Tuesday, June 23, 2015

Subway Encounter

Supplied with two bag lunches, we made our way out of the pouring rain and cold down into the cavernous regions of the Philly subway system. 

We were told that we could expect to find many of the city’s homeless there because of the inclement weather. And sure enough, as soon as we entered, we were surrounded by hungry-looking men who immediately zeroed in on those of us who visibly held on to a bag lunch.
They knew the routine. Fabian, Kendra and I were suddenly facing a tall rather imposing man who told us his story of needing something to eat because his stopover in Philadelphia ended up being longer than he anticipated, forcing him to look for some food for the overnight. 

We gave him one of our bags and simultaneously another guy was begging for the second. He practically grabbed the brown bag out of my hands.

So, now what? We no longer had anything to give. How were we going to actually sit down and talk to any one of the others who mainly were also looking for a bag lunch?

Our leader encouraged us to wander, trying to be creative. Finally, my cohorts and I found Michael. Yes, he was searching for a sandwich, but in the meantime he engaged with us, telling us his story.

He was an older man whose family was in dire straits but Michael believed in hope and in God’s ever present generosity. Throughout his life God had provided and so while he was going through this rough patch, he knew it was not permanent.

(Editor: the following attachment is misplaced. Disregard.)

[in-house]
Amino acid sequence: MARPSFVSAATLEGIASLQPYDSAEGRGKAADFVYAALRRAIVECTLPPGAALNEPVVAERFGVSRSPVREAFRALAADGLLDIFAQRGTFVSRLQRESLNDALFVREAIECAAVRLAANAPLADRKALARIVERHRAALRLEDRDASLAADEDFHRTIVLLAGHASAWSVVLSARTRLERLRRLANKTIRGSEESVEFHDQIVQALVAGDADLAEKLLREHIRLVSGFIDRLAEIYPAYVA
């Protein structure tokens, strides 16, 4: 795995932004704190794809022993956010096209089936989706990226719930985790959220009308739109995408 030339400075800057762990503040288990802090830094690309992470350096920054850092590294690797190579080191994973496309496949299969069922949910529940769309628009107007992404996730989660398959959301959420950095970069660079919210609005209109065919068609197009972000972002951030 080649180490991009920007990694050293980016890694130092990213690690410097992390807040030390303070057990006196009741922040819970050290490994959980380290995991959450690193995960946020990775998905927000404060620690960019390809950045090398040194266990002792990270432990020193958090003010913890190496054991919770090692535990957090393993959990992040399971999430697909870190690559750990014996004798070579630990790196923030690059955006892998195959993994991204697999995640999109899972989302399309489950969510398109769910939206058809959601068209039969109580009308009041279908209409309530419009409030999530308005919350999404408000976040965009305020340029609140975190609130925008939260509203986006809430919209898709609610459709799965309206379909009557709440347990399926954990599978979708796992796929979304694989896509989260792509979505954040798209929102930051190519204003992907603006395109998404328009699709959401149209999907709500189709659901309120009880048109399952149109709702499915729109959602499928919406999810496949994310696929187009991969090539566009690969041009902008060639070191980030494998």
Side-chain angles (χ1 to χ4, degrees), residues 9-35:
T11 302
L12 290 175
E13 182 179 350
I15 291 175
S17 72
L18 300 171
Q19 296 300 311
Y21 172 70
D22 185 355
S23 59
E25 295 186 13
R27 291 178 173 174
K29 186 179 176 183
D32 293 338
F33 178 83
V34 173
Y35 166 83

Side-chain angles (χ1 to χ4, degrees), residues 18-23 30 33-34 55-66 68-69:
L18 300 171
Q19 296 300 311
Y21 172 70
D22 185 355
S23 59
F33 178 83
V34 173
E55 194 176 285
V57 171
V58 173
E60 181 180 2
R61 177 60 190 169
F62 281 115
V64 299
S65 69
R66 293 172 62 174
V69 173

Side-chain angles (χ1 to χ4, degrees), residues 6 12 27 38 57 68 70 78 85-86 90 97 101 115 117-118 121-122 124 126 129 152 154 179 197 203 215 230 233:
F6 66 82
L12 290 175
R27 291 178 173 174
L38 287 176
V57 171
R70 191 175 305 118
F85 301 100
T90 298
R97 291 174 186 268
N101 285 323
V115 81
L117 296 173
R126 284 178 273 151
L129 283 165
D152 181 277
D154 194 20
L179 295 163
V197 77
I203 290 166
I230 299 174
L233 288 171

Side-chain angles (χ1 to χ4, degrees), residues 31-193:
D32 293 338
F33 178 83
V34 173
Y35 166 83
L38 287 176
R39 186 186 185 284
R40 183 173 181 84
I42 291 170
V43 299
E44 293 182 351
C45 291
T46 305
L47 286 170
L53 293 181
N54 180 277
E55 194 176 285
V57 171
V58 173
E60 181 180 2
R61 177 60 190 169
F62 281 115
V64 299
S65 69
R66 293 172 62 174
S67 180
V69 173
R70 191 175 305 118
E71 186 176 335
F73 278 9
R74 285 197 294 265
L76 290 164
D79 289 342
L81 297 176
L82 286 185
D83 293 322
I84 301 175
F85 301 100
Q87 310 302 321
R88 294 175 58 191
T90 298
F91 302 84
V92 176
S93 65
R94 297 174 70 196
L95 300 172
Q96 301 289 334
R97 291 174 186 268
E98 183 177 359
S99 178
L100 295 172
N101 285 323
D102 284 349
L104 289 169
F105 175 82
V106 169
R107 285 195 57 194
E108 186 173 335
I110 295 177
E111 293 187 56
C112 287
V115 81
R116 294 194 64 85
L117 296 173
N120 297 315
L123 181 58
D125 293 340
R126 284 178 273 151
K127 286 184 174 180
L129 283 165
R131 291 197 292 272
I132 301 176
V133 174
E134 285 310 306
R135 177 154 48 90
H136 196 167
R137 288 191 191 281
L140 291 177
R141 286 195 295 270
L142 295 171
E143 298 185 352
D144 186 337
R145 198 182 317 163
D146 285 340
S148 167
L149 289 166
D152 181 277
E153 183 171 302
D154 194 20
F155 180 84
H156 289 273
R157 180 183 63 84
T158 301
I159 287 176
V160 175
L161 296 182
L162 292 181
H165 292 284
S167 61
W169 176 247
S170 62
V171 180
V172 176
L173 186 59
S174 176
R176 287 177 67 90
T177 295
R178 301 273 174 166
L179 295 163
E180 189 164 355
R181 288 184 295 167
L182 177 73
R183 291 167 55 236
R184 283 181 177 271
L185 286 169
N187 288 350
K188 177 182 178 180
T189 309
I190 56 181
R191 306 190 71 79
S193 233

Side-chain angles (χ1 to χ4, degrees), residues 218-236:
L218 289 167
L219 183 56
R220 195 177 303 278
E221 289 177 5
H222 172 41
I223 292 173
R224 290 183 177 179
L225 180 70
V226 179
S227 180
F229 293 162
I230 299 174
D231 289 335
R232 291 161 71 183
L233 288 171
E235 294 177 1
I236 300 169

While we three listened to Michael, a rather erratic young man approached our little group yelling and pointing straight at me, accusing me of something. I could not understand him and disgustedly he left us, only to reappear a little later.

Michael returned to his story with a most powerful message of gratefulness.  He virtually could not stop talking about his awe and wonder at having God in his life. Emphatically, he repeated that he was most humbled and grateful for life.

Moved by this man’s faith, Fabian gave him some money, even if we did not have food for him. Michael assured us it was enough to get a sandwich later. In turn, I was moved by my cohort’s action. In the end, all that matters is the encounters we have with one another and the love we show, no matter the circumstances.


Michael did not ask about us, but if he had, we would have explained that we were part of a group of ten from the College of Saint Benedict and Saint John’s University in Minnesota on spring break in Philly. We chose to go to the fifth largest city (approximately 1.5 million people) in the United States, which is known for its many and growing number of homeless people.

Mary Jane Berger, OSB

No comments:

Post a Comment